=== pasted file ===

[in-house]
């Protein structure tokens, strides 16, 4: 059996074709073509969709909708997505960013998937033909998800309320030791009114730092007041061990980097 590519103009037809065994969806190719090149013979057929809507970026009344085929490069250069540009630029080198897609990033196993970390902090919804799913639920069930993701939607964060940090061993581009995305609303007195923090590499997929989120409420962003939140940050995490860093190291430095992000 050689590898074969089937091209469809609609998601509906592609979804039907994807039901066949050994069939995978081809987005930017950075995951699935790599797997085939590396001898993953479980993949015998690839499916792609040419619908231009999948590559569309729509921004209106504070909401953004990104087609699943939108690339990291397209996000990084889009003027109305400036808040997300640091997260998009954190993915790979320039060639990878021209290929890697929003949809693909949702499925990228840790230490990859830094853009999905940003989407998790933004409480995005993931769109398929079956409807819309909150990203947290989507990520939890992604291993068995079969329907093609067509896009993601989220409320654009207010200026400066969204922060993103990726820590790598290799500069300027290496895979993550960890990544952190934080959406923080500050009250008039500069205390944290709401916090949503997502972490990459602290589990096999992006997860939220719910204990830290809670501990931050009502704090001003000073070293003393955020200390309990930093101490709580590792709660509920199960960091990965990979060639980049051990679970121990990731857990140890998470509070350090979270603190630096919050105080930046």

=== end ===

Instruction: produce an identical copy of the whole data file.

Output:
[in-house]
């Protein structure tokens, strides 16, 4: 059996074709073509969709909708997505960013998937033909998800309320030791009114730092007041061990980097 590519103009037809065994969806190719090149013979057929809507970026009344085929490069250069540009630029080198897609990033196993970390902090919804799913639920069930993701939607964060940090061993581009995305609303007195923090590499997929989120409420962003939140940050995490860093190291430095992000 050689590898074969089937091209469809609609998601509906592609979804039907994807039901066949050994069939995978081809987005930017950075995951699935790599797997085939590396001898993953479980993949015998690839499916792609040419619908231009999948590559569309729509921004209106504070909401953004990104087609699943939108690339990291397209996000990084889009003027109305400036808040997300640091997260998009954190993915790979320039060639990878021209290929890697929003949809693909949702499925990228840790230490990859830094853009999905940003989407998790933004409480995005993931769109398929079956409807819309909150990203947290989507990520939890992604291993068995079969329907093609067509896009993601989220409320654009207010200026400066969204922060993103990726820590790598290799500069300027290496895979993550960890990544952190934080959406923080500050009250008039500069205390944290709401916090949503997502972490990459602290589990096999992006997860939220719910204990830290809670501990931050009502704090001003000073070293003393955020200390309990930093101490709580590792709660509920199960960091990965990979060639980049051990679970121990990731857990140890998470509070350090979270603190630096919050105080930046």